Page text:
Goodbye to Goodwood’s ‘Iron Lady’

Goodwood’s loss is Cape Town Central’s gain. Station commander Hansia Hansraj has been promoted to Brigadier and took over the reins at the inner city station on Monday November 21. Brigadier Hansraj, then known by her maiden name Asaram, with the rank of Senior Superintendent, was appointed station commander at Goodwood in April 2009 (“New Sup has community at heart,” Tygertalk, April 15, 2009).

She told us then that she had the same passion for her job as when she had been a 17-year-old recruit in Stanger, in KwaZulu-Natal. Her words then were: “It’s about being an honest cop, basically, and looking at service delivery to the community”.

Brigadier Hansraj stuck to her word, and later exposed an allegedly corrupt relationship between a Goodwood businessman, Salim Dawjee, his son, Zamir, and several high-ranking cops, including then provincial commissioner Arno Lamoer.

Other officers implicated are former station commander of Parow and Cape Town Central Brigadier Kolindhren “Colin” Govender and his wife, Sharon, who is a former Bellville station commander. Also involved is Darius van der Ross, the then Stellenbosch cluster commander.

They face 109 charges of racketeering, corruption, fraud, contravention of the Firearms Control Act. Speaking to a handful of people at the Goodwood Community Police Forum (CPF) annual general meeting on Thursday November 17, Brigadier Hansraj, who lives in De Tyger, said she was still in shock, after a call from provincial commissioner Lieutenant General Khombinkosi Jula two days earlier to announce her promotion.

She said she was ready for the new challenge at Cape Town Central, with its 550 staff, compared to Goodwood’s 150.

Brigadier Hansraj said she was leaving Goodwood in good hands, with the officers on “a narrow path and in line”.

She said she had taken over at a time when a cloud had been hanging over Goodwood because of corruption.

Former station commander Siphiwo Hewana was in court at the time on a charge of defeating the ends of justice, relating to a 2007 drunk driving case involving ANC stalwart Tony Yengeni.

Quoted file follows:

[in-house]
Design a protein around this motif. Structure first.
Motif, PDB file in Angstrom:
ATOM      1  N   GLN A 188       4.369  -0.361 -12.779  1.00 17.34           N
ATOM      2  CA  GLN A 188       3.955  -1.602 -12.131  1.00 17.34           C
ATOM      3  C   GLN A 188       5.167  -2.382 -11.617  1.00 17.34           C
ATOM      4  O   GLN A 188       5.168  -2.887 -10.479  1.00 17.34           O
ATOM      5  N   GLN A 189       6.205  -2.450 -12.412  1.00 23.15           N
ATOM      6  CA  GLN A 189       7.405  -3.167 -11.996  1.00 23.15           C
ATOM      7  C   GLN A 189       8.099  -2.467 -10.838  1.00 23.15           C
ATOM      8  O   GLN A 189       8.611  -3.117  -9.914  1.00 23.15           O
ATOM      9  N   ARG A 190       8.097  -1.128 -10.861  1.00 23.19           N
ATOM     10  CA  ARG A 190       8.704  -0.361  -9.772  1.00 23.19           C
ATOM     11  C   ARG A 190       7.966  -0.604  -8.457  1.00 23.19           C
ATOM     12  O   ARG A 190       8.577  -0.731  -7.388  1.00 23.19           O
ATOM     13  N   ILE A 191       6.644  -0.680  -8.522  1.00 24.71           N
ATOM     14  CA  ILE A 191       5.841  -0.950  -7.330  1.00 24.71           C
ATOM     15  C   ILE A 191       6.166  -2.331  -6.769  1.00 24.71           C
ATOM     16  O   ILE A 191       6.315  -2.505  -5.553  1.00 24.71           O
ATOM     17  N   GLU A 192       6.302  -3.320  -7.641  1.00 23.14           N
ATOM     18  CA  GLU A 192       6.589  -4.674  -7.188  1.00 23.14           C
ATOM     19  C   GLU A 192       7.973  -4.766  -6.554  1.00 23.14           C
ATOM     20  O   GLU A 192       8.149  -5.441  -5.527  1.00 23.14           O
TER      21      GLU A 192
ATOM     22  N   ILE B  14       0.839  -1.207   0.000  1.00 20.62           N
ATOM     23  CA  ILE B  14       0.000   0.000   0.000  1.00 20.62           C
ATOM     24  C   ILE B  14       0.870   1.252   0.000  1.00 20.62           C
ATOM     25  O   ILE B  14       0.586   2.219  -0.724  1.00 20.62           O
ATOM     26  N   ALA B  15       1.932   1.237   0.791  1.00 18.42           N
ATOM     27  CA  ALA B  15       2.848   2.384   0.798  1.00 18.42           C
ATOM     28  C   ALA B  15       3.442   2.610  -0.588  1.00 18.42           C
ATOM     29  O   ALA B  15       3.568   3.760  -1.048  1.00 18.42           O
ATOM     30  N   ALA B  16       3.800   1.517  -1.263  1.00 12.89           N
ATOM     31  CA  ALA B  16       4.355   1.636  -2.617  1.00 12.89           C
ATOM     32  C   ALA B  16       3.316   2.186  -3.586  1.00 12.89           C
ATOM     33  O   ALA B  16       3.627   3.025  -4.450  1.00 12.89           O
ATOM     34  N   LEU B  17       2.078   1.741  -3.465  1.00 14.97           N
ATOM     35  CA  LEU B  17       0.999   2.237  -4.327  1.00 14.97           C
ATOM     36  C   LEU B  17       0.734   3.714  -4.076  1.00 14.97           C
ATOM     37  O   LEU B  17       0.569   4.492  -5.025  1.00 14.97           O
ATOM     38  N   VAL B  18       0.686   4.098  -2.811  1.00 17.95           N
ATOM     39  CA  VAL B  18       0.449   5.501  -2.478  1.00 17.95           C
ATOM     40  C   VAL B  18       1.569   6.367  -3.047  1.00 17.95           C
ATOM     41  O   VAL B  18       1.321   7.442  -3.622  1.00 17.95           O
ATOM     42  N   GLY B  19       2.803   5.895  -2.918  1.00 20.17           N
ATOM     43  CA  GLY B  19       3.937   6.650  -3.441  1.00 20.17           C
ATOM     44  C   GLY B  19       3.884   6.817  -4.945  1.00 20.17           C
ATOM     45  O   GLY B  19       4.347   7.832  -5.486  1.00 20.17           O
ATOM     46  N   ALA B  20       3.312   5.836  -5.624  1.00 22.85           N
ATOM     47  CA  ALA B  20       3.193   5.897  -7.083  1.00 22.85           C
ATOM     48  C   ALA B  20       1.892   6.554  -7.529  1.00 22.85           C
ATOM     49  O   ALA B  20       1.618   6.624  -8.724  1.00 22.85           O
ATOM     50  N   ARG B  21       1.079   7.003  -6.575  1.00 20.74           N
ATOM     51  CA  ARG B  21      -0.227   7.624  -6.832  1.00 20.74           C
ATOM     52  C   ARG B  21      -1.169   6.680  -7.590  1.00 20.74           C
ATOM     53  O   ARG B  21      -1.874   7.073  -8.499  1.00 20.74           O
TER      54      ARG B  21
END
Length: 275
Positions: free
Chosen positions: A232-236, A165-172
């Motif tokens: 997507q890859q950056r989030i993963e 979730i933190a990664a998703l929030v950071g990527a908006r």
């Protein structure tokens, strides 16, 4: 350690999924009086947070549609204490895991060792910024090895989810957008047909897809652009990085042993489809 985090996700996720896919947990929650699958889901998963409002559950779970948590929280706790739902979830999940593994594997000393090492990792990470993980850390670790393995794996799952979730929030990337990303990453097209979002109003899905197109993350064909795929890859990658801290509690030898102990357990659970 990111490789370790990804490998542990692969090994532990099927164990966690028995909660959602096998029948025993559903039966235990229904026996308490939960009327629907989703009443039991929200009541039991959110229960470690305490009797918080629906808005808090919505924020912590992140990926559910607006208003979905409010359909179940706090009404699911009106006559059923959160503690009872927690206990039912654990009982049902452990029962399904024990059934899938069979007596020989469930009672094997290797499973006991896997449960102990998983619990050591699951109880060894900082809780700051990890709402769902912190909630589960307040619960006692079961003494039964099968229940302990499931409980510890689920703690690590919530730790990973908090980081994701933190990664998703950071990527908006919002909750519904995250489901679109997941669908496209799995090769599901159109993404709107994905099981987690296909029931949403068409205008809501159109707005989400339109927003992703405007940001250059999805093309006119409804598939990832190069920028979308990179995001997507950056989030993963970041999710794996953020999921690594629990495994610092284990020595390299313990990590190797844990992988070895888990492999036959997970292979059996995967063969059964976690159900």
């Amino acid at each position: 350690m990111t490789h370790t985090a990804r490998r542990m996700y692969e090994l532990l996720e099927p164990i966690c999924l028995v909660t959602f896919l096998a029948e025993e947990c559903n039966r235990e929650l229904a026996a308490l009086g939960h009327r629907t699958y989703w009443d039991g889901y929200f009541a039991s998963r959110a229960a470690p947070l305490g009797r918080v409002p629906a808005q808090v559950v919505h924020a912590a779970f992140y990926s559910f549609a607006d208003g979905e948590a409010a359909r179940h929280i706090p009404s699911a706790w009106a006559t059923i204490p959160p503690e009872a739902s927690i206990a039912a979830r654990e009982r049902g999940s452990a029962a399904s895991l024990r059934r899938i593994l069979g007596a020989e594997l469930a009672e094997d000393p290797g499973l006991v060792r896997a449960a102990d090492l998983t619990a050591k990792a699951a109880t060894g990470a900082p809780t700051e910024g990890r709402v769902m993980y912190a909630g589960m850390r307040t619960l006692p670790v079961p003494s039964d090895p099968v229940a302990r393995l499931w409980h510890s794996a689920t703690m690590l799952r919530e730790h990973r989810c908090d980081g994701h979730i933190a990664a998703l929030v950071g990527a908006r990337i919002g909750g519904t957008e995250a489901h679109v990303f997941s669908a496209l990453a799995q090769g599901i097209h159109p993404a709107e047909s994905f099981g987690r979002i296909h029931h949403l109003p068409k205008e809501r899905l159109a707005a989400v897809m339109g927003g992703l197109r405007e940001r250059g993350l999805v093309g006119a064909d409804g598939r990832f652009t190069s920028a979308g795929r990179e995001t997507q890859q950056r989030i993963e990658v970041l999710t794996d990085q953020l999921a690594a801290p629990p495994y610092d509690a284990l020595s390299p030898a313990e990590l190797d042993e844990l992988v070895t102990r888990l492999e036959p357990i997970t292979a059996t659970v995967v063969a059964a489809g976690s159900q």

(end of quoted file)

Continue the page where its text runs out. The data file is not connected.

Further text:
He had ordered his subordinates to tamper with evidence, but this later came to light and he was found guilty and dismissed (“Hewana guilty of Yengeni evidence tampering,” Tygertalk, December 2, 2009).

Brigadier Hansraj paid tribute to the team at Goodwood, saying they had worked hard, and the station’s crime statistics had been on a steady decrease.

“I’m not worried about who takes over. I feel confident. There is nothing missing, I have nothing to fear,” she said.

However, she said, the dynamics of the suburb had changed.

“What we could not do is put vagrants on a bus and move them to another province. I’m here to fight crime. We have to act within the law,” she said, referring to residents’ irritation with vagrancy.

She also referred to the “trials and tribulations” she had had to endure with the Lamoer corruption case, but said: “I overcame that. Those individuals will face the full brunt of the law,” she said.

Brigadier Hansraj has not yet testified in the trial, but she told Northern News after the meeting that she was “ready”.

CPF chairperson Lee Jepson said the move was “a sad loss for Goodwood”.

Deputy chairperson Maurisha Nieuwenhuys called her the “Iron Lady”, with a heart for people.

“You stand up for what is right. You don’t turn a blind eye. That takes character and strength,” Ms Nieuwenhuys said.

Fighting corruption runs like a thread in Brigadier Hansraj’s career, as even her Twitter feed shows.

In December last year, she retweeted former public protector Thuli Madonsela’s tweet on International Anti-Corruption Day. It read: “We commit ourselves to break the chain of corruption wherever we are.”

* Colonel Hennie Rademeyer will act as station commander until a permanent appointment is made.